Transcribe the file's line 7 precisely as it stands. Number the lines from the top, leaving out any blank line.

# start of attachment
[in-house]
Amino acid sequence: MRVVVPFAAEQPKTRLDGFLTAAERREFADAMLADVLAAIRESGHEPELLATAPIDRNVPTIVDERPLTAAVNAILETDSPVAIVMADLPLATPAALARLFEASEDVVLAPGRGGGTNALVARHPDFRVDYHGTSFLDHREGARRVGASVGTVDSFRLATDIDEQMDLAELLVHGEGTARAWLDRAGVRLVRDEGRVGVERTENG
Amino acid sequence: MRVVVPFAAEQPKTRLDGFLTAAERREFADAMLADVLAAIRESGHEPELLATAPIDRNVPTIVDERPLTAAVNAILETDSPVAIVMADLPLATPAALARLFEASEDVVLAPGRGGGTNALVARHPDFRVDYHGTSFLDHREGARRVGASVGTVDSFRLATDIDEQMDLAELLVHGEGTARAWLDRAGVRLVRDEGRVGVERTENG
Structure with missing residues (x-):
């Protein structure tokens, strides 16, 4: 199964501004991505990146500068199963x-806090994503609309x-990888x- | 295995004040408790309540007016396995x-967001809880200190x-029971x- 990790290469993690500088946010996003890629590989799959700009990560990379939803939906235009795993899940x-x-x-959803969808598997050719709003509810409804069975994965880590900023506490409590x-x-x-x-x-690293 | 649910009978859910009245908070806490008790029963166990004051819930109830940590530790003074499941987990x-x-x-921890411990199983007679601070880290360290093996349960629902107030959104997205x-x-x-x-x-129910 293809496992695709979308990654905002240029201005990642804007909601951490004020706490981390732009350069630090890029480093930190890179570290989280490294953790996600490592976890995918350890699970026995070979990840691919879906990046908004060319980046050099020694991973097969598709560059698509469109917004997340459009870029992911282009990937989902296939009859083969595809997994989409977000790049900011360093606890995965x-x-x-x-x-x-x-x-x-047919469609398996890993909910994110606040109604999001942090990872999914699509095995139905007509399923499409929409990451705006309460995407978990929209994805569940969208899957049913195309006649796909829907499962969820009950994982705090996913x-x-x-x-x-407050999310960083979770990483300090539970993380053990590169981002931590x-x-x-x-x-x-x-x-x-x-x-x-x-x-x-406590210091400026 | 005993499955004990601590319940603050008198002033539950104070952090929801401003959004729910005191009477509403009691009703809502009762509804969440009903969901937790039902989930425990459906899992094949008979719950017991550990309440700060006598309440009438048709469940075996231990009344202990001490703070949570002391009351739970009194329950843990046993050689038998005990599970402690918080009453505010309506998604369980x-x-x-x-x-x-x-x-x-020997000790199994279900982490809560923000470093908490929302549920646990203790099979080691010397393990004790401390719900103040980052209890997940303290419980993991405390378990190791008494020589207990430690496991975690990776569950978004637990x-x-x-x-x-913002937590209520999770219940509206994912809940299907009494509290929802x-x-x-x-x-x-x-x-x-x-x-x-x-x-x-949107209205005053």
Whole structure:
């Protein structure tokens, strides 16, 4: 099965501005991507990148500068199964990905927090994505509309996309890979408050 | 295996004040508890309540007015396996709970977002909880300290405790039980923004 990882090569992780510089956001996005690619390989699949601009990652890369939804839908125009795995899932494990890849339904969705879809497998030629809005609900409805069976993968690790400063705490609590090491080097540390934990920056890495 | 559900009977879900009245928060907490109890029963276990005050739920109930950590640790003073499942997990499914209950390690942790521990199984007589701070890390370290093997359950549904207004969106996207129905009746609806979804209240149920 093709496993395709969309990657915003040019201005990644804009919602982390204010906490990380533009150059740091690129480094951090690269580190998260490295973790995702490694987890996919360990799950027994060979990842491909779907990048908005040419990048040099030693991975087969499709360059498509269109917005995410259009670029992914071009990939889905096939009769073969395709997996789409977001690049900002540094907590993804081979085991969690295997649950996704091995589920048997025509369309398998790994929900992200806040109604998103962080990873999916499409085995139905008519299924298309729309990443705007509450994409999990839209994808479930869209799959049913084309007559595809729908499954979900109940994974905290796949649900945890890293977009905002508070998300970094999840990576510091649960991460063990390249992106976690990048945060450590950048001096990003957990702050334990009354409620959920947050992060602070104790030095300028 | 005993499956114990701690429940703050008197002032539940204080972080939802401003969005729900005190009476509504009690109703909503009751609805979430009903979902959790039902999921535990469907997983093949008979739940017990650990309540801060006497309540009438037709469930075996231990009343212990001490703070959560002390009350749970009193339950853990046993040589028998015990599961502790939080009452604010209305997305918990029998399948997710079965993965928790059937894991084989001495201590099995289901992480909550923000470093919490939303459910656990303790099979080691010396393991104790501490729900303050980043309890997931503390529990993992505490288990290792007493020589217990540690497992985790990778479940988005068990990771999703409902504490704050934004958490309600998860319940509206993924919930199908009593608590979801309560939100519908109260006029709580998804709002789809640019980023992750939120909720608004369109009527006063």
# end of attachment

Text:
């Protein structure tokens, strides 16, 4: 099965501005991507990148500068199964990905927090994505509309996309890979408050 | 295996004040508890309540007015396996709970977002909880300290405790039980923004 990882090569992780510089956001996005690619390989699949601009990652890369939804839908125009795995899932494990890849339904969705879809497998030629809005609900409805069976993968690790400063705490609590090491080097540390934990920056890495 | 559900009977879900009245928060907490109890029963276990005050739920109930950590640790003073499942997990499914209950390690942790521990199984007589701070890390370290093997359950549904207004969106996207129905009746609806979804209240149920 093709496993395709969309990657915003040019201005990644804009919602982390204010906490990380533009150059740091690129480094951090690269580190998260490295973790995702490694987890996919360990799950027994060979990842491909779907990048908005040419990048040099030693991975087969499709360059498509269109917005995410259009670029992914071009990939889905096939009769073969395709997996789409977001690049900002540094907590993804081979085991969690295997649950996704091995589920048997025509369309398998790994929900992200806040109604998103962080990873999916499409085995139905008519299924298309729309990443705007509450994409999990839209994808479930869209799959049913084309007559595809729908499954979900109940994974905290796949649900945890890293977009905002508070998300970094999840990576510091649960991460063990390249992106976690990048945060450590950048001096990003957990702050334990009354409620959920947050992060602070104790030095300028 | 005993499956114990701690429940703050008197002032539940204080972080939802401003969005729900005190009476509504009690109703909503009751609805979430009903979902959790039902999921535990469907997983093949008979739940017990650990309540801060006497309540009438037709469930075996231990009343212990001490703070959560002390009350749970009193339950853990046993040589028998015990599961502790939080009452604010209305997305918990029998399948997710079965993965928790059937894991084989001495201590099995289901992480909550923000470093919490939303459910656990303790099979080691010396393991104790501490729900303050980043309890997931503390529990993992505490288990290792007493020589217990540690497992985790990778479940988005068990990771999703409902504490704050934004958490309600998860319940509206993924919930199908009593608590979801309560939100519908109260006029709580998804709002789809640019980023992750939120909720608004369109009527006063």